Exploring the Microbiota of East African Indigenous Leafy Greens for Plant Growth, Health, and Resilience uri icon

abstract

  • Indigenous leafy green vegetable crops provide a promising nutritious alternative for East African agriculture under a changing climate; they are better able to cope with biotic and abiotic stresses than cosmopolitan vegetable crops. To verify our hypothesis that the associated microbiome is involved, we studied archaeal and bacterial communities of four locally popular leafy green crops in Uganda (Bidens pilosa, Solanum scabrum, Abelmoschus esculentus, and Gynandropsis gynandra) and of four plant microhabitats (phyllosphere, root endosphere, rhizosphere, and soil) by complementary analyses of amplicon and isolate libraries. All plants shared an unusually large core microbiome, comprising 18 procaryotic families but primarily consisting of Bacillus, Sphingobium, Comamonadaceae, Pseudomonas, and one archaeon from the soil crenarchaeotic group. Microbiome composition did not differ significantly for plant species but differed for microhabitats. The diversity was, in general, higher for bacteria (27,697 ASVs/H = 6.91) than for archaea (2,995 ASVs/H = 4.91); both groups form a robust network of copiotrophic bacteria and oligotrophic archaea. Screening of selected isolates for stress and plant health protecting traits showed that strains of Bacillus and Sphingomonas spp. div. constituted a substantial portion (15-31%) of the prokaryotic plant-associated communities. Across plant species, microbiota were characterized by a high proportion of potential copiotrophic and plant-beneficial species, which was not specific by plant species. The use of identified plant-beneficial isolates could provide the basis for the development of consortia of isolates for both abiotic and biotic stress protection to improve plant and ecosystem health, ensuring food security in East Africa.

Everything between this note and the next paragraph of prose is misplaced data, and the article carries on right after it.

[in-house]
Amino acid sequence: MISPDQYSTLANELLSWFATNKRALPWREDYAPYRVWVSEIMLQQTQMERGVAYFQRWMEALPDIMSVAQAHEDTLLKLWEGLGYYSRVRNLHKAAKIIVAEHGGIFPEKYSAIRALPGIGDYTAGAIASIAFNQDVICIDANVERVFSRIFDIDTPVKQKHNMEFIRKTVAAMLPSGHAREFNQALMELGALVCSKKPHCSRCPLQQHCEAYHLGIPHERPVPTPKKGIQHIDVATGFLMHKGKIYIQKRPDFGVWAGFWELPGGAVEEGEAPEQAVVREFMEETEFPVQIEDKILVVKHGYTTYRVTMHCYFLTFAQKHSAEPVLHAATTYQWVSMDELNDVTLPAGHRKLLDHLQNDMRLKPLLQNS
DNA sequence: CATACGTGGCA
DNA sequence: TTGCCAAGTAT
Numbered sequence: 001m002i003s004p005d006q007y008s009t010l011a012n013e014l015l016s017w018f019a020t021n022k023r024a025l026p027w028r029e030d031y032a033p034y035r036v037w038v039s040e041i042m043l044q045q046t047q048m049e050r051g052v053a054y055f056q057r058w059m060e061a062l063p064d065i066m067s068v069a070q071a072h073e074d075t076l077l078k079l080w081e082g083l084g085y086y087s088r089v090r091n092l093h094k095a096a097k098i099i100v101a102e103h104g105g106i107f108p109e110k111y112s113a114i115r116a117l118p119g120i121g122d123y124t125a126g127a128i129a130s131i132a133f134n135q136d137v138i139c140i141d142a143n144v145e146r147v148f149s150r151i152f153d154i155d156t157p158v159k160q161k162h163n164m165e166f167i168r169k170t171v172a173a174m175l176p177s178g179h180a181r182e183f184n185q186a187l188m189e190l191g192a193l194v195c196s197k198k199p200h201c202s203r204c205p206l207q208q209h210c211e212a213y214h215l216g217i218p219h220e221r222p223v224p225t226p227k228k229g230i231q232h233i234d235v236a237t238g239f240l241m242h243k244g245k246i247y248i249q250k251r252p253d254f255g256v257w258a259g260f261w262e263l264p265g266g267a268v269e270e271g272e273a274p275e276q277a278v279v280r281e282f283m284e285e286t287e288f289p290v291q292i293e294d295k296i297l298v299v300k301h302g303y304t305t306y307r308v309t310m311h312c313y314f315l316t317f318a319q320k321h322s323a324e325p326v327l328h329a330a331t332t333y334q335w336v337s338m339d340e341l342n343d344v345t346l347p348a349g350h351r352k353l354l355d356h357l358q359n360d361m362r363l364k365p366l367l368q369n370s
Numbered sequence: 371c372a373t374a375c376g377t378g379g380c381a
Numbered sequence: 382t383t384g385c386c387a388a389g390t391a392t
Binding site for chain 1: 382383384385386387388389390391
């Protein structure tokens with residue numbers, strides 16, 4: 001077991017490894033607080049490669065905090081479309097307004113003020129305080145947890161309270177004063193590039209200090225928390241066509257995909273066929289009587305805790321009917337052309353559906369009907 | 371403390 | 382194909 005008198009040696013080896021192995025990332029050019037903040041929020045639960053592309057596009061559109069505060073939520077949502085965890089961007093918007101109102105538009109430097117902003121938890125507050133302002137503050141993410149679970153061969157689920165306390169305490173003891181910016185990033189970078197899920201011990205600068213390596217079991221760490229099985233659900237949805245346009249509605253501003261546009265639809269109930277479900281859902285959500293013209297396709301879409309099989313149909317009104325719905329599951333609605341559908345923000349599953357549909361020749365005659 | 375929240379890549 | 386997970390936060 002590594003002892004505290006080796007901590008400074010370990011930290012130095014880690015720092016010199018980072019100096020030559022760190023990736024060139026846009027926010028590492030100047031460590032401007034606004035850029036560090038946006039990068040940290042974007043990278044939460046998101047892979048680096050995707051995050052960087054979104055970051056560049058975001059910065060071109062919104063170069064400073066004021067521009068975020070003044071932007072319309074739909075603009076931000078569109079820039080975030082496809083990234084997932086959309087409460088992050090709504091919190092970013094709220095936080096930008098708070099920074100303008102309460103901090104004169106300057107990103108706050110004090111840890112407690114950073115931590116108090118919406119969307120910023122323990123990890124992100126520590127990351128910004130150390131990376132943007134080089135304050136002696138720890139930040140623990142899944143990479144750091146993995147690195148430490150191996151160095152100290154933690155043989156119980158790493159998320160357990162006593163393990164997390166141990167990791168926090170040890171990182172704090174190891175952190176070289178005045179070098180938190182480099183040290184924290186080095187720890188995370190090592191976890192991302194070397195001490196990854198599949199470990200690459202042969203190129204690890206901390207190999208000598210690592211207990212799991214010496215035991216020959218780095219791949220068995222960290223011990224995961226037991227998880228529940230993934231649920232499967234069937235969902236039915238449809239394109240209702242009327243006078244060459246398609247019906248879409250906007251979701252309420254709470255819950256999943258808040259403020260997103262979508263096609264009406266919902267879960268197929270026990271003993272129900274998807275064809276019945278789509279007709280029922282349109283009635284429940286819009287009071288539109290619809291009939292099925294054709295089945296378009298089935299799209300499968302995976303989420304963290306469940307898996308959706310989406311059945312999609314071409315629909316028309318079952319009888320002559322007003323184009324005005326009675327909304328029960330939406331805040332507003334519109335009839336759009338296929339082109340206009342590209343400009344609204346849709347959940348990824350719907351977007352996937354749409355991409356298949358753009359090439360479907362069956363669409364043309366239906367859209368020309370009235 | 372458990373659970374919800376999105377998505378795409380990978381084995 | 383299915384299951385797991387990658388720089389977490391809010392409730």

publication date

  • 2020
  • 2020